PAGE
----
Islamabad (AsiaNews) - Qamar David, a Christian originally from Lahore Pakistan, but living in Karachi died in prison while serving a life sentence for blasphemy. Official sources confirm that the man died last night in his cell, after a heart attack. in the past he had suffered several episodes of violence within the prison walls. Human rights activists are calling for an investigation to ascertain the "true causes" of death. Interviewed by AsiaNews, the bishop of Islamabad speaks of "false accusations" against David fabricated to convict him and asks "how much Christian blood will still flow," before the infamous blasphemy laws are "abolished."
Qamar David was a native of Hamza, near Lahore (Punjab), but was a self employed painter in Karachi in the south of the country. On 8 June 2006 he was reported by a business rival on false charges of blasphemy in accordance with Articles 295 and C of the Pakistan Penal Code. According to the plaintiff, he sent telephone messages with insulting words against Muhammad.
Under the controversial blasphemy rules, introduced in 1986 by Pakistani dictator Zia-ul-Haq, anyone who uses derogatory phrases to refer to the prophet or desecrates the Koran is punishable by death or life imprisonment. Typically, capital cases are switched to life imprisonment. On 25 February 2010, the Karachi court adjunct Judge Jangu Khan, found him guilty of "outrageous" words against Muhammad, and exclusively based on the "black law" and the testimony of his accuser, David Qamar was sentenced to prison for life.
The man died overnight in prison and prison authorities have tried to pass his death off as a heart attack. The Police Commissioner said that the body is being held in the Civil Hospital, Karachi, available to health authorities for an autopsy, which should shed light on the real cause of death.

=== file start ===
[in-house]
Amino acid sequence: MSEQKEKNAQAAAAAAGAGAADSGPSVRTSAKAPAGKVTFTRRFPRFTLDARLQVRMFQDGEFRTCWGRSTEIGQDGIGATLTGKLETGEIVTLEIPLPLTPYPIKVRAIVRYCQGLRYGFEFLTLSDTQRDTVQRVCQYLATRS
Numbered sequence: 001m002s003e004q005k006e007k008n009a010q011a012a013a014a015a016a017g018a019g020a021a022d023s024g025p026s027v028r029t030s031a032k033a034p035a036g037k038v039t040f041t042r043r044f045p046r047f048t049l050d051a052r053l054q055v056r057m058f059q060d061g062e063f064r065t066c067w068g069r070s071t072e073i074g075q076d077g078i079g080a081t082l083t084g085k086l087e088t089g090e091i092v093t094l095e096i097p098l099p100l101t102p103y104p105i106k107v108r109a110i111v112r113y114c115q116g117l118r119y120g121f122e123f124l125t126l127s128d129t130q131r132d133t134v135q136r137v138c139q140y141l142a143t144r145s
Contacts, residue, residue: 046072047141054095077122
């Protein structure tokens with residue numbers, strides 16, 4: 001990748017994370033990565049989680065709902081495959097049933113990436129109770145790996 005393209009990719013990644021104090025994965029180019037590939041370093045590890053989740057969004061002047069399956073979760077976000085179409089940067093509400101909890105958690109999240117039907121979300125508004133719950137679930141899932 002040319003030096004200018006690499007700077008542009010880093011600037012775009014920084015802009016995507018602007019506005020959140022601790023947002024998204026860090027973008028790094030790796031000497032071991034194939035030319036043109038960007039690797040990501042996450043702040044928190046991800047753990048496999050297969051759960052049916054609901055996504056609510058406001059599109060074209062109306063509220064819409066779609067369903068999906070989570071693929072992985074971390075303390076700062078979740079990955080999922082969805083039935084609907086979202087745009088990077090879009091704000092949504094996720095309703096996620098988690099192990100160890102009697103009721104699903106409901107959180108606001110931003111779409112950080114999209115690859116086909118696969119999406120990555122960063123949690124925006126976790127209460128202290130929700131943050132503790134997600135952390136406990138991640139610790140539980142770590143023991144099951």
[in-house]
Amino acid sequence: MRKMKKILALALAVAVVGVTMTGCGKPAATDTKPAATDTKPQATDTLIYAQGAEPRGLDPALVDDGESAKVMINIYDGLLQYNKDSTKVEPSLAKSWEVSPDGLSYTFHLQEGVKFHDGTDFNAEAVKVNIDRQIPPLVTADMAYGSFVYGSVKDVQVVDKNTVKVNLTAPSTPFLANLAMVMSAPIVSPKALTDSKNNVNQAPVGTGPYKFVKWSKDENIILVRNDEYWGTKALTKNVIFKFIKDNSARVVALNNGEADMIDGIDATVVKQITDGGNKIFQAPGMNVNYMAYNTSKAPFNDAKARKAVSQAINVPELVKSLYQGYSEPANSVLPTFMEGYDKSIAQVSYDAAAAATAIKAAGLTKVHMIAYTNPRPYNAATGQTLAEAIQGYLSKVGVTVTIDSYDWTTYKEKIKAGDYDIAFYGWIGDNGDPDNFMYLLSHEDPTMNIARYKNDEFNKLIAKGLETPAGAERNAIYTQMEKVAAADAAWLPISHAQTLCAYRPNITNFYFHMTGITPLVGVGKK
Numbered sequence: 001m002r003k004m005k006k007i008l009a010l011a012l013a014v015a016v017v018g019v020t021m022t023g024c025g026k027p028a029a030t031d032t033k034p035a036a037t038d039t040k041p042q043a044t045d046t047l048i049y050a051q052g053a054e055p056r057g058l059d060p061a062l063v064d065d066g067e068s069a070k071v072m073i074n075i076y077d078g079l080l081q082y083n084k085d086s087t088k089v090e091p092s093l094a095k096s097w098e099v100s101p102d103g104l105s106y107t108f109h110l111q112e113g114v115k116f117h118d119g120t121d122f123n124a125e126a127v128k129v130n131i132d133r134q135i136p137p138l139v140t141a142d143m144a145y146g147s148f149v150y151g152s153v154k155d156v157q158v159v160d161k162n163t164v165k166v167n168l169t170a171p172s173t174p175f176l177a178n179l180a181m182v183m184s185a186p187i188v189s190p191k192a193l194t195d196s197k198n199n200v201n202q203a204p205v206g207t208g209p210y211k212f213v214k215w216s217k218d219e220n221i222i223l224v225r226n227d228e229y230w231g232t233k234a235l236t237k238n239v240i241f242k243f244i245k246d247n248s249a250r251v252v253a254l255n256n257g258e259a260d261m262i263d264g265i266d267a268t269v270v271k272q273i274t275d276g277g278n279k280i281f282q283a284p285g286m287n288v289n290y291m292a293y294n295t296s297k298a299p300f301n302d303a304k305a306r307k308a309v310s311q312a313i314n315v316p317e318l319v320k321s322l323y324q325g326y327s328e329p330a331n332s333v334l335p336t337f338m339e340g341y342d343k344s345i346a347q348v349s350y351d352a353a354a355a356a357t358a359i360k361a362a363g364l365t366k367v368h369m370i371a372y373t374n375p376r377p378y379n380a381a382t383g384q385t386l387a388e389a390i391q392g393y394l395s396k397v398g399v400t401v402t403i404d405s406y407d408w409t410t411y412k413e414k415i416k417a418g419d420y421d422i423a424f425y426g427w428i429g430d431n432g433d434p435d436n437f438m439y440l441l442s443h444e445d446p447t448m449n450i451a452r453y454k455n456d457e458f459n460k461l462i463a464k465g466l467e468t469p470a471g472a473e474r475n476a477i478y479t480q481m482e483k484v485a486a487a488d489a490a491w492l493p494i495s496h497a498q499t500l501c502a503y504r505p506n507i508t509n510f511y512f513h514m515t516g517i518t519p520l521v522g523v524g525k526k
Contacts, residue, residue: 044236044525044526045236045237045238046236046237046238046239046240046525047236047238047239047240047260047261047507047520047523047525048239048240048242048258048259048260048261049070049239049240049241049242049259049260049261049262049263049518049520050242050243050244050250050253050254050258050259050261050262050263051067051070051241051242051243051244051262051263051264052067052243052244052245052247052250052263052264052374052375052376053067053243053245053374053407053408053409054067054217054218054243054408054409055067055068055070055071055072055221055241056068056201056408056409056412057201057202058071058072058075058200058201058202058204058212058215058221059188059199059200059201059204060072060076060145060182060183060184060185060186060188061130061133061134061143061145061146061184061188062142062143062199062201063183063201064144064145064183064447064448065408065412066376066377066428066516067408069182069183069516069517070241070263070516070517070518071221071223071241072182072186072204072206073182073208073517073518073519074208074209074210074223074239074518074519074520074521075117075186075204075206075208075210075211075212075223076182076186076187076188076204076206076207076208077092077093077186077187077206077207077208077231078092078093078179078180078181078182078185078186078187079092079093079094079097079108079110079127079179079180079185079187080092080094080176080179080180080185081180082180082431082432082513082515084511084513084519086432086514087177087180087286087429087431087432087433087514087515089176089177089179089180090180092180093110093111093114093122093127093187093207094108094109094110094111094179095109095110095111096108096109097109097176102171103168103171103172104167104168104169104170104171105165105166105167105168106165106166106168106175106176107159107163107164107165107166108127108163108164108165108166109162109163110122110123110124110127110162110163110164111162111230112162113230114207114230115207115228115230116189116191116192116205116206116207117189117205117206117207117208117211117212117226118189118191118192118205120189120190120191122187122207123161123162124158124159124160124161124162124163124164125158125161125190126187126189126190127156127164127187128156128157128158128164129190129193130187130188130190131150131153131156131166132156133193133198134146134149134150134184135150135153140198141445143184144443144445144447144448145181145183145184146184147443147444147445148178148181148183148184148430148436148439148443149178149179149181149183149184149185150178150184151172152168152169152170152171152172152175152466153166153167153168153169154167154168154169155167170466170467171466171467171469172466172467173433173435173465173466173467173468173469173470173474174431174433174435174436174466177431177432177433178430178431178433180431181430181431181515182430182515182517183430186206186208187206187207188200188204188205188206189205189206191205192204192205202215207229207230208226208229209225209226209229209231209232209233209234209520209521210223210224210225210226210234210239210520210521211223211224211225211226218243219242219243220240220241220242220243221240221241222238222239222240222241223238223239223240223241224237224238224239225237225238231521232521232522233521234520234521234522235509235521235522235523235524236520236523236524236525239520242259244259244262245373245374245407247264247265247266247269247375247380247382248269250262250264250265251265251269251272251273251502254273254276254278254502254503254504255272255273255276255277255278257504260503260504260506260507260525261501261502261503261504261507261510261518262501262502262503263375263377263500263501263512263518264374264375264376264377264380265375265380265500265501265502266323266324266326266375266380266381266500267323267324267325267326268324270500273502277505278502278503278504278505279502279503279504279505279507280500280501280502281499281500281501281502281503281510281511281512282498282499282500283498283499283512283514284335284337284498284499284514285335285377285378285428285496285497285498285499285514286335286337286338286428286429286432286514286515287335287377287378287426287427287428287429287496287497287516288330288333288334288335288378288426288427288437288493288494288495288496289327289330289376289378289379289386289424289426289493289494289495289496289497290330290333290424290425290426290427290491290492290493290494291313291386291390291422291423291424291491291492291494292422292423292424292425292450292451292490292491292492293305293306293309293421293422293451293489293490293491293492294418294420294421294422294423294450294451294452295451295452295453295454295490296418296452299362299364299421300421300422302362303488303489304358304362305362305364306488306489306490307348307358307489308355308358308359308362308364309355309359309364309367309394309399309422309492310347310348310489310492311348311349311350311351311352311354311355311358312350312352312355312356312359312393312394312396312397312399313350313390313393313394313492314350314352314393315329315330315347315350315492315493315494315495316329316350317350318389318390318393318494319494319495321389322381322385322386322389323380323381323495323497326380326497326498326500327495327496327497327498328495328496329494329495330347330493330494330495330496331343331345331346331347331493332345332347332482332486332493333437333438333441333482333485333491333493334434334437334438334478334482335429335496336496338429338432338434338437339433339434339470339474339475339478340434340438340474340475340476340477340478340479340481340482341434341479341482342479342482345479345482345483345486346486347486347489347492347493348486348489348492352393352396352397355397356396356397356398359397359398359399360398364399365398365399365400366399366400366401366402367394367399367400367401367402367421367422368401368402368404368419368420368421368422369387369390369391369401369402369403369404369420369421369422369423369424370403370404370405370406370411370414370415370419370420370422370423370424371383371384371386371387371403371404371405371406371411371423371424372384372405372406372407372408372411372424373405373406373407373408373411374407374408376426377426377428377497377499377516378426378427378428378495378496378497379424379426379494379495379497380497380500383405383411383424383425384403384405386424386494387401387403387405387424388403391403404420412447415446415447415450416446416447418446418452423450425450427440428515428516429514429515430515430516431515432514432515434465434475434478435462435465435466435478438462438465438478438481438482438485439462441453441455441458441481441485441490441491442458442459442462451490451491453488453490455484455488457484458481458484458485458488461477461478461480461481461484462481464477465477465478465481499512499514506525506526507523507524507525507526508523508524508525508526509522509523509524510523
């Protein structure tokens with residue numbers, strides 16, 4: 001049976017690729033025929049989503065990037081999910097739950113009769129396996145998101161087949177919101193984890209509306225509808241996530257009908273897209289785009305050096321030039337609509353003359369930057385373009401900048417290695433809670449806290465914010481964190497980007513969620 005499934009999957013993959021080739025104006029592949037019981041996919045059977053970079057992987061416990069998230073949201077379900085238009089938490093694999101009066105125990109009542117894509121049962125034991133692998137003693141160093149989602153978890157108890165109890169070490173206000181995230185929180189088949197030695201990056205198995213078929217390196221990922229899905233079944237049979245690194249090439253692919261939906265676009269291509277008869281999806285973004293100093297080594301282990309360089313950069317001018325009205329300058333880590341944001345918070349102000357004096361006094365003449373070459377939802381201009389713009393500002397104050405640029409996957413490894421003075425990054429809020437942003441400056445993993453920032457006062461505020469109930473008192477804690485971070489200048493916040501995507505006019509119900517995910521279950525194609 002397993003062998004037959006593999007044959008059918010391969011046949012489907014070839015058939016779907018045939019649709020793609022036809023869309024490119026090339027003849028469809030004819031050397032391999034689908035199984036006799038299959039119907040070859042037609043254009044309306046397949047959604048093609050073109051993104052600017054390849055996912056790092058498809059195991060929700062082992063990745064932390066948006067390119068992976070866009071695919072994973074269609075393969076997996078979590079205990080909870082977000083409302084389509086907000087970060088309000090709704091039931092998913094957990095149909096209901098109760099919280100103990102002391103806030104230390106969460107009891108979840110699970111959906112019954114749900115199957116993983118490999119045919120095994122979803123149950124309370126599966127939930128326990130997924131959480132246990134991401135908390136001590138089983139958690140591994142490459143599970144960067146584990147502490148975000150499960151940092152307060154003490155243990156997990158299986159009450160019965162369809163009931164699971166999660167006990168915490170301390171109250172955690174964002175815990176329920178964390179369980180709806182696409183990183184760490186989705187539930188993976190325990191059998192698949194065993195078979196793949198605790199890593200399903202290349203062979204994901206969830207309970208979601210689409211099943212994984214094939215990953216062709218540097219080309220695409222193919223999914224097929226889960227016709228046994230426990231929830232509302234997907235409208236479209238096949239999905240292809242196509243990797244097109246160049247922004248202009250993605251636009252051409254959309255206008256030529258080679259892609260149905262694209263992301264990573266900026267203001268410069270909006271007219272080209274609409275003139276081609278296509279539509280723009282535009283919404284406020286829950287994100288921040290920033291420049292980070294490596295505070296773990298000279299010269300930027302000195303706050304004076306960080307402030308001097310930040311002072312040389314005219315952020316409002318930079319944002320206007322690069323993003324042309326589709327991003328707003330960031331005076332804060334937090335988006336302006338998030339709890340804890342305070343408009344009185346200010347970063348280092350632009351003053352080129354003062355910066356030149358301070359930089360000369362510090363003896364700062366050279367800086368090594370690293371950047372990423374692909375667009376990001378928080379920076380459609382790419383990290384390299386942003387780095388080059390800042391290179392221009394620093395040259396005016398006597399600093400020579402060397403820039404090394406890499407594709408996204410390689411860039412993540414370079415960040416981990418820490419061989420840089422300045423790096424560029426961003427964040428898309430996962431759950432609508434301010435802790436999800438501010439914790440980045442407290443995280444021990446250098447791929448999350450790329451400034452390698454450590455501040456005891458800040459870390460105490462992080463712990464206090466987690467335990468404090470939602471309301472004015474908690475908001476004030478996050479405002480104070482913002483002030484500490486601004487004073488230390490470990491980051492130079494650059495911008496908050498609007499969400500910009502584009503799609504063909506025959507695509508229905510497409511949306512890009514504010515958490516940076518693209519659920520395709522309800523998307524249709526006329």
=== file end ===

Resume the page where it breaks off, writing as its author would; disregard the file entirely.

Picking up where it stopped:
Groups of Christian human rights activists are calling for the formation of a committee of inquiry to ascertain the reasons for the man’s death. In the meantime the family has set out for Karachi, to retrieve his body. David was in prison since the summer of 2006, and in these years in prison, had regularly suffered threats and beatings both from prison guards and fellow prisoners.
Interviewed by AsiaNews, Mgr. Rufin Anthony, bishop of Islamabad / Rawalpindi, expresses his "personal" pain and that of "the whole Catholic Church" for several days in mourning for the murder of Catholic Minister for Minorities Shahbaz Bhatti, who was assassinated last March 2. "We have not yet recovered from the loss - says the prelate - and this new information increases our concern for the future of Christians in Pakistan." The bishop speaks explicitly of "false accusations of blasphemy against Qamar David and asks" how much blood is still to be spilt "before the" black law "is abolished. He points his finger at the government, whose hands were "bloodied" and concludes: "This is another sad day for the minorities in Pakistan."